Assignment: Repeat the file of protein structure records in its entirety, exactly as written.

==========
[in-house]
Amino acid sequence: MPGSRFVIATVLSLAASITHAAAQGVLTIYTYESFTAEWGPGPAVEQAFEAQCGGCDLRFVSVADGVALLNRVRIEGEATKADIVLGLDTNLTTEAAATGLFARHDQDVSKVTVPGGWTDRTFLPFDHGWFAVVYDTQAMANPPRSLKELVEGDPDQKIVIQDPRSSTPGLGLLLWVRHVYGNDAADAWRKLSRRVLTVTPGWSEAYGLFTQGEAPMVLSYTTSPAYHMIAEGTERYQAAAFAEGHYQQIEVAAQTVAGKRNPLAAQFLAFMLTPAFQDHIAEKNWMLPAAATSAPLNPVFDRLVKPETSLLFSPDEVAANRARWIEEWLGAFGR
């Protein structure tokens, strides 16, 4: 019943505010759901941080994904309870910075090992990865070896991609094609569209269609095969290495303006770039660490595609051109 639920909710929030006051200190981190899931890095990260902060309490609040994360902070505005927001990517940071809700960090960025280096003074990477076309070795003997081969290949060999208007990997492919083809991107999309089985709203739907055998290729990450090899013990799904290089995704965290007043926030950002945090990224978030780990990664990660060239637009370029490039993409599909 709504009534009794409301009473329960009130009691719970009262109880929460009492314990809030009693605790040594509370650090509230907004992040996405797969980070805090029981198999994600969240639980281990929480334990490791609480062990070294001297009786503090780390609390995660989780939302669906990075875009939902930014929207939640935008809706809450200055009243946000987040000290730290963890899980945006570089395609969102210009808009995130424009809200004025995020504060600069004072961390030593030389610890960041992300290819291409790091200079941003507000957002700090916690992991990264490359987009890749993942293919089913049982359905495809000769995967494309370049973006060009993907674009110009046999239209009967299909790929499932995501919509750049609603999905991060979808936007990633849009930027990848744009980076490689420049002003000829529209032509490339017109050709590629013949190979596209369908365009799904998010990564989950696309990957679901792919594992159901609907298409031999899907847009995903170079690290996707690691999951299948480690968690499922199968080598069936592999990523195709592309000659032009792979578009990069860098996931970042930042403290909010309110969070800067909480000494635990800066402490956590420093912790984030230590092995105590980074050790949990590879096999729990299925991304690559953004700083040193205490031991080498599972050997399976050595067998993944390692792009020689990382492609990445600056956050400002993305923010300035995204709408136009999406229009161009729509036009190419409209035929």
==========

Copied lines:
[in-house]
Amino acid sequence: MPGSRFVIATVLSLAASITHAAAQGVLTIYTYESFTAEWGPGPAVEQAFEAQCGGCDLRFVSVADGVALLNRVRIEGEATKADIVLGLDTNLTTEAAATGLFARHDQDVSKVTVPGGWTDRTFLPFDHGWFAVVYDTQAMANPPRSLKELVEGDPDQKIVIQDPRSSTPGLGLLLWVRHVYGNDAADAWRKLSRRVLTVTPGWSEAYGLFTQGEAPMVLSYTTSPAYHMIAEGTERYQAAAFAEGHYQQIEVAAQTVAGKRNPLAAQFLAFMLTPAFQDHIAEKNWMLPAAATSAPLNPVFDRLVKPETSLLFSPDEVAANRARWIEEWLGAFGR
């Protein structure tokens, strides 16, 4: 019943505010759901941080994904309870910075090992990865070896991609094609569209269609095969290495303006770039660490595609051109 639920909710929030006051200190981190899931890095990260902060309490609040994360902070505005927001990517940071809700960090960025280096003074990477076309070795003997081969290949060999208007990997492919083809991107999309089985709203739907055998290729990450090899013990799904290089995704965290007043926030950002945090990224978030780990990664990660060239637009370029490039993409599909 709504009534009794409301009473329960009130009691719970009262109880929460009492314990809030009693605790040594509370650090509230907004992040996405797969980070805090029981198999994600969240639980281990929480334990490791609480062990070294001297009786503090780390609390995660989780939302669906990075875009939902930014929207939640935008809706809450200055009243946000987040000290730290963890899980945006570089395609969102210009808009995130424009809200004025995020504060600069004072961390030593030389610890960041992300290819291409790091200079941003507000957002700090916690992991990264490359987009890749993942293919089913049982359905495809000769995967494309370049973006060009993907674009110009046999239209009967299909790929499932995501919509750049609603999905991060979808936007990633849009930027990848744009980076490689420049002003000829529209032509490339017109050709590629013949190979596209369908365009799904998010990564989950696309990957679901792919594992159901609907298409031999899907847009995903170079690290996707690691999951299948480690968690499922199968080598069936592999990523195709592309000659032009792979578009990069860098996931970042930042403290909010309110969070800067909480000494635990800066402490956590420093912790984030230590092995105590980074050790949990590879096999729990299925991304690559953004700083040193205490031991080498599972050997399976050595067998993944390692792009020689990382492609990445600056956050400002993305923010300035995204709408136009999406229009161009729509036009190419409209035929």